Is there a philosophy behind your work?

I am not a particularly deep thinker or philosopher, but I love the thought of taking something that would have otherwise been put through a chipper or turned into firewood and turning it into something that is both beautiful and functional.

What has been a highlight of your maker journey so far?

I’m a preschool teacher and often sit at the art table and sketch out potential future spoons. One day, as I was drawing a spoon, one of the boys said, “I’m going to draw a spoon too, and a fork!” He gifted me his spoon drawing, and as he was turning 5 and off to school the next week, I decided to carve his spoon design and give it to him on his last day. The response from him and his family was indeed very heartwarming!

Also, just before COVID struck, I discovered a community of fellow spoon carvers from all around the world who meet up in a Zoom meeting room that’s open 24 hours a day, seven days a week, called RiseUpAndCarve. The ability to meet and carve with other spoon carvers from places like Israel, the USA, the UK, Australia, Germany, and Switzerland was a fantastic distraction during lockdown and after. It was amazing, and I now have spoon-carving friends from all over the world.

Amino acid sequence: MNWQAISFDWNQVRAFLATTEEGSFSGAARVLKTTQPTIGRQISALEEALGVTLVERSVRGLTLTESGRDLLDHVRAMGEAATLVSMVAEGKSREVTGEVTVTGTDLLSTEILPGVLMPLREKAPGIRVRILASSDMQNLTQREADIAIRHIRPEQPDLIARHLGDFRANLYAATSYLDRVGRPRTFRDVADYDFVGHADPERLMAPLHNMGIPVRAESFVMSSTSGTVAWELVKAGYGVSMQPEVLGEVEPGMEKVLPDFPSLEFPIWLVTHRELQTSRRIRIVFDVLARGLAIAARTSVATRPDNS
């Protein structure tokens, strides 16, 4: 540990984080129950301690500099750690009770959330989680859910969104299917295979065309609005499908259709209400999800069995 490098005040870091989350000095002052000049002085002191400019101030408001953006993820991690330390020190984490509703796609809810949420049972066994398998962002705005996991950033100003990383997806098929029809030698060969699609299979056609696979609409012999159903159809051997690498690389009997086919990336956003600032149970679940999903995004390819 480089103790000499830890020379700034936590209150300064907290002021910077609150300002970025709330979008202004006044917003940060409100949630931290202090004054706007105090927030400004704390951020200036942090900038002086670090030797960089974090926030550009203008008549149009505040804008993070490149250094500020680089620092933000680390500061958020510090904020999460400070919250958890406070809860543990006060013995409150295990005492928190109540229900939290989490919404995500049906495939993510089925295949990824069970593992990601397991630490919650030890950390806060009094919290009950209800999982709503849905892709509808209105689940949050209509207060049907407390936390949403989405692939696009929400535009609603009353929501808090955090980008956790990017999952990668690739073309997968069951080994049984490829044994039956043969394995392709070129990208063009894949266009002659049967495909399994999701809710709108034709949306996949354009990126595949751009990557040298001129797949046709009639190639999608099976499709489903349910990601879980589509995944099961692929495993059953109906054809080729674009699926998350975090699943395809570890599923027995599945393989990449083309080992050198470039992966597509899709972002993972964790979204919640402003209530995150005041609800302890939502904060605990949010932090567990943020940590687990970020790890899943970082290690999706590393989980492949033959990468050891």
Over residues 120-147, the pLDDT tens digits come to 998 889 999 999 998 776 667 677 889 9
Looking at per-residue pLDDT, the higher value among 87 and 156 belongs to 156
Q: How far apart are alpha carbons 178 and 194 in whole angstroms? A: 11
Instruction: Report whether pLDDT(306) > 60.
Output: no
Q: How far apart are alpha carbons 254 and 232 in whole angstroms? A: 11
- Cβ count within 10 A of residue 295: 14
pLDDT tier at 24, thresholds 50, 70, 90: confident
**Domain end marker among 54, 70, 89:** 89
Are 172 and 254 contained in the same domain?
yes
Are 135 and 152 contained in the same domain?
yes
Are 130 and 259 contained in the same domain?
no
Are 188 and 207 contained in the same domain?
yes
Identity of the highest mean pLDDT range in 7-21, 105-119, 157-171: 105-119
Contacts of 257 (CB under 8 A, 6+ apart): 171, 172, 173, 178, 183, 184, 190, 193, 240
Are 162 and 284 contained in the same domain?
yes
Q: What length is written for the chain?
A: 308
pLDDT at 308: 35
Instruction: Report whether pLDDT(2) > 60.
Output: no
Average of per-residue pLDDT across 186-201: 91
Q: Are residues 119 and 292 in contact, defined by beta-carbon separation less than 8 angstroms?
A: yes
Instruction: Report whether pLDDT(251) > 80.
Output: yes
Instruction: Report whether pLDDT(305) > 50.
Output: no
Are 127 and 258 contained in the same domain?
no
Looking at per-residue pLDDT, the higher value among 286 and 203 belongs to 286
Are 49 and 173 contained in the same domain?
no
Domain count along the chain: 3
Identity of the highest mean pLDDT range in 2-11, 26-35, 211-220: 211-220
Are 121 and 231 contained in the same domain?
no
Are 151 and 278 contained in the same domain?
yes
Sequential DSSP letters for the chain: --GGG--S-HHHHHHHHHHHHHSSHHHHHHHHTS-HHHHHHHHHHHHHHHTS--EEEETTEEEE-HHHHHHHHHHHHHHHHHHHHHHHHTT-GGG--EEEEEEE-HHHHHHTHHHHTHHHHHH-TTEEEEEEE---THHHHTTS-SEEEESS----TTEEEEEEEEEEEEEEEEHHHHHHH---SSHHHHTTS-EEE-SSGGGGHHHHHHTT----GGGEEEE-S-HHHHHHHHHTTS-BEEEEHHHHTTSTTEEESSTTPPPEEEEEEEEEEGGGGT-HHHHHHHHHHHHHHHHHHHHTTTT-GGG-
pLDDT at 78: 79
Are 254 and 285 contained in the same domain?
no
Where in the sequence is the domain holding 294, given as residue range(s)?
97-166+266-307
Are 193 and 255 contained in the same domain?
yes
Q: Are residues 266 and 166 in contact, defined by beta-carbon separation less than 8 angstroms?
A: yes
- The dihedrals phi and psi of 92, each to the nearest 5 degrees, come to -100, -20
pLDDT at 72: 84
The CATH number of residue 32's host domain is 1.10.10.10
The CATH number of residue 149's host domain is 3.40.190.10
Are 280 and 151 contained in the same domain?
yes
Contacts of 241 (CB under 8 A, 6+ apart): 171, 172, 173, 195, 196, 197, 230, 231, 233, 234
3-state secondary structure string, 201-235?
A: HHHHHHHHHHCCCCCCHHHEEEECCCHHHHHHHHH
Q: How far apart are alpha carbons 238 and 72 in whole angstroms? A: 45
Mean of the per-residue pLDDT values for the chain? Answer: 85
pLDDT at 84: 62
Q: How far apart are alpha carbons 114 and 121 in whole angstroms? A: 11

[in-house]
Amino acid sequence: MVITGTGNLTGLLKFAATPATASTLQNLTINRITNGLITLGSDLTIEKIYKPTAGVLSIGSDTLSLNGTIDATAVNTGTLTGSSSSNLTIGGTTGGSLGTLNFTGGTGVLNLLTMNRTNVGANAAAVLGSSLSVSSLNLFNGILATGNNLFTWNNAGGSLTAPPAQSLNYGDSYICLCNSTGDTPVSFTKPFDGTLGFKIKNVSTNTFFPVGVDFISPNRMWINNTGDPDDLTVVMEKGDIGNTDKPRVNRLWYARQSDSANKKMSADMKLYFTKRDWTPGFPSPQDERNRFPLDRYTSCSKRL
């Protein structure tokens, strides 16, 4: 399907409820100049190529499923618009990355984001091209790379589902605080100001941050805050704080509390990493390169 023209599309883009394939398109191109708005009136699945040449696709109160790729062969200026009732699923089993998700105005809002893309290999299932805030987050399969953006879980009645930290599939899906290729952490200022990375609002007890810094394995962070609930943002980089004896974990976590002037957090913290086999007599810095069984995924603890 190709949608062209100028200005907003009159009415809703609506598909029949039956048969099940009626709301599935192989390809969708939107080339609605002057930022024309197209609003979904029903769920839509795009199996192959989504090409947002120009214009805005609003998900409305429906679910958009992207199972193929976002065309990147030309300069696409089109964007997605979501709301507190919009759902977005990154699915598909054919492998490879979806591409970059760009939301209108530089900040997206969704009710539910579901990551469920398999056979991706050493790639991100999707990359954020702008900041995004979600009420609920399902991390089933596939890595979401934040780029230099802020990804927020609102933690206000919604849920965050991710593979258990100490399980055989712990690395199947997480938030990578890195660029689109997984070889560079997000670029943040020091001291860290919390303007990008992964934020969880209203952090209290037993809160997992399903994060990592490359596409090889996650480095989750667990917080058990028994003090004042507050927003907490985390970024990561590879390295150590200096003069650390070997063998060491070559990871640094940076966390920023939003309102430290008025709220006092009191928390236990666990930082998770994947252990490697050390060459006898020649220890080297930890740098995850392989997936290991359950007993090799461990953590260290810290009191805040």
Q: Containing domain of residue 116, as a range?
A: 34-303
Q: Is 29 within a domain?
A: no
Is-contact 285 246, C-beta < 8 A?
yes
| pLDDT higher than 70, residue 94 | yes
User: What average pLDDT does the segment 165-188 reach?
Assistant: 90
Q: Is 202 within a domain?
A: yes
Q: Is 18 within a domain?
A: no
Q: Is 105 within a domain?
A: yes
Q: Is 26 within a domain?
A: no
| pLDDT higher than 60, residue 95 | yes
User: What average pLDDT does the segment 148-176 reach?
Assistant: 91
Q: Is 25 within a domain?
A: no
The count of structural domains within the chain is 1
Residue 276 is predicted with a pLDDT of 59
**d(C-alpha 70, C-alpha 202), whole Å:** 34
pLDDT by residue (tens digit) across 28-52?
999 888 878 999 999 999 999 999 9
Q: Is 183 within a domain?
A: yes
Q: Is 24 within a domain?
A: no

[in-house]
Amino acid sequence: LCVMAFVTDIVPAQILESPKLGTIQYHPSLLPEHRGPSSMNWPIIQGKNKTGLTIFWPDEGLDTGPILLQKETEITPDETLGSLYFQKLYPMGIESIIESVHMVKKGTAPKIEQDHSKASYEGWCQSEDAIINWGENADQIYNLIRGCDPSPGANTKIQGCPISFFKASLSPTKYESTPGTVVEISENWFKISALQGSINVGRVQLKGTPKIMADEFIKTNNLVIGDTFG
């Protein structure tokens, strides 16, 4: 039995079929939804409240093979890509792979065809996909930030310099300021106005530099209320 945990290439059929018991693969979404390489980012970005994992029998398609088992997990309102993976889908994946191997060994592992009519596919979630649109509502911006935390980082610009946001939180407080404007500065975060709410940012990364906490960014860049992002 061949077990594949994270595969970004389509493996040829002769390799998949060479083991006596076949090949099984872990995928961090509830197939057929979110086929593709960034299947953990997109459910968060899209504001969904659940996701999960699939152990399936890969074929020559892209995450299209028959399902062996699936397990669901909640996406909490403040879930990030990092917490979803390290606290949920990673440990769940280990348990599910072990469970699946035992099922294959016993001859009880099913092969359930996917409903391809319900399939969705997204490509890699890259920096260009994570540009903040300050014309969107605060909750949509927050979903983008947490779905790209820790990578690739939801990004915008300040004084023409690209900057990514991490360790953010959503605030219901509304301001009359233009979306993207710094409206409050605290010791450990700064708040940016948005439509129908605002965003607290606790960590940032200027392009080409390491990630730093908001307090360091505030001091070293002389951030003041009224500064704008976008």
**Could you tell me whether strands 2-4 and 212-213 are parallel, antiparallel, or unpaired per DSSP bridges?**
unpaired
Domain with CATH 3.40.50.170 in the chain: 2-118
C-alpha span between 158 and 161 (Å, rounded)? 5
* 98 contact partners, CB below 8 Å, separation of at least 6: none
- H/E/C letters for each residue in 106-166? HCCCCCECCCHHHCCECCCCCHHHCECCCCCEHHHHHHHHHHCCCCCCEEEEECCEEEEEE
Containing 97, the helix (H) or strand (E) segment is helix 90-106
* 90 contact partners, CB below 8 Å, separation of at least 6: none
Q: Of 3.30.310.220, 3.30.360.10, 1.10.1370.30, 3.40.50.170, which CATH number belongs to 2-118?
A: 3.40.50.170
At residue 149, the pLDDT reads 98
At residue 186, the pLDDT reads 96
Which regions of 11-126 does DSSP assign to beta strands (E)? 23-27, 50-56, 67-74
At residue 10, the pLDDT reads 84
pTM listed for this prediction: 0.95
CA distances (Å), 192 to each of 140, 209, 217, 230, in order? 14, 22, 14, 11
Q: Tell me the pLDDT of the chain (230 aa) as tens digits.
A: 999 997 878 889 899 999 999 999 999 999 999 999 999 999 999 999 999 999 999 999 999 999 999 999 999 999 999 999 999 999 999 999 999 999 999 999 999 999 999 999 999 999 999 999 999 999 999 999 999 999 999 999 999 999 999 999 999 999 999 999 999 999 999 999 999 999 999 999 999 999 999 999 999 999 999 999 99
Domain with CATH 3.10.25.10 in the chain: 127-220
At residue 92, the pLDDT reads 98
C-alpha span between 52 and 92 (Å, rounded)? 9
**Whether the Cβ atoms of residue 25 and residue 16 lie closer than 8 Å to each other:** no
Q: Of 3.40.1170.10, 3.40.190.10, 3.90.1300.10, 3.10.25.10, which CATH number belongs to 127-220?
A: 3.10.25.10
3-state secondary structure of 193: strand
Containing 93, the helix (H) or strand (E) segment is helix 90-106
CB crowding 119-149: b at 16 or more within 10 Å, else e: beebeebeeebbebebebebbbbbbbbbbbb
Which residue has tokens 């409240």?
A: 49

Describe your creative process

I do a lot of sketching of spoon ideas at work, but most never make it past pen and paper. But every now and then, I’ll like one enough that I make it, sometimes consciously, sometimes without even realising it until later. I also don’t often replicate spoons, preferring to explore new shapes as inspiration, and the wood leads me.

Describe your workspace

My shed is a mess! It is where all the axing takes place, so the floor is covered with wood chips. All the knife work gets done at the kitchen table, so I need to keep that space clean, or else I’ll be banished outside!

Five words that describe your mind

Creative, problem solver, arty, quiet, and amicable.

Your favourite feedback from a customer

A repeat customer ordered a spoon for her fiftieth birthday; “Wand-like in aura!” was her request. Her response was to post multiple Instagram stories telling all her followers to go and buy spoons for like a week!

What are you currently listening to?

One artist I always return to is Entertainment For The Braindead, which sounds like a heavy metal band name but is actually a German musician who makes beautiful ambient folk music.

What’s your favourite childhood book and why?